When the University of Michigan developers designed Lightweight Directory Access Protocol (LDAP) in 1989, they wanted to free clients from the heavyweight Directory Access Protocol (DAP) for X.500 directory access. So they placed an LDAP server between the X.500 directory and the client. The LDAP server translated a directory request from an LDAP client on a TCP/IP network from the client's language to that used by X.500. The LDAP server then sent the request to an X.500 server.
LDAP reduced development work and resource requirements on the client side. However, it shifted development tasks to the LDAP server, because the LDAP server had to speak complicated X.500 protocols to talk to the X.500 directory. This shift led to LDAP's independence from X.500.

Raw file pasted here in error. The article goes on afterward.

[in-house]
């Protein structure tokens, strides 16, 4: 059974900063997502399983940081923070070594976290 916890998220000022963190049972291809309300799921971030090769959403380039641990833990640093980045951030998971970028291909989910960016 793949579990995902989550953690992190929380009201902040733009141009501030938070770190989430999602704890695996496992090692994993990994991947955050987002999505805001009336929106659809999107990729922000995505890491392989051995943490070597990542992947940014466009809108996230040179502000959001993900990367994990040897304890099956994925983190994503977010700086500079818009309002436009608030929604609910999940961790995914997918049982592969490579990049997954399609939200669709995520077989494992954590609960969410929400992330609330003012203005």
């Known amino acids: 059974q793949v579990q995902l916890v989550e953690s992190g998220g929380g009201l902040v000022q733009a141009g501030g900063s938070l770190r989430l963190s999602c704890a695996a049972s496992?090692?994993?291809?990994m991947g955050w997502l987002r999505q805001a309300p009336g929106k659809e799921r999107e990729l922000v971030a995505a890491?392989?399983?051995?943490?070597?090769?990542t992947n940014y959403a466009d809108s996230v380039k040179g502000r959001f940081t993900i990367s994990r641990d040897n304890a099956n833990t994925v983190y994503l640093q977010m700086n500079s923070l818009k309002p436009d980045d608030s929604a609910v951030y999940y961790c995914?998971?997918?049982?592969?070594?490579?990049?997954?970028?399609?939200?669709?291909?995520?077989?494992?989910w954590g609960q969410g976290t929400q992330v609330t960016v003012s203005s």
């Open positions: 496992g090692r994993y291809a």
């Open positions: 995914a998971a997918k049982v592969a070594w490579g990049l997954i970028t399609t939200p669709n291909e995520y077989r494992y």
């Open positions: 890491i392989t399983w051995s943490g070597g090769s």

Today, a standalone LDAP server can supply a complete LDAP directory running on a TCP/IP network without the need of X.500. LDAP is no longer just a protocol, but a directory service in itself. (For more information about the evolution of LDAP, see Craig Zacker, "LDAP and the Future of Directory Services," Part 1 and Part 2, October and November 1997.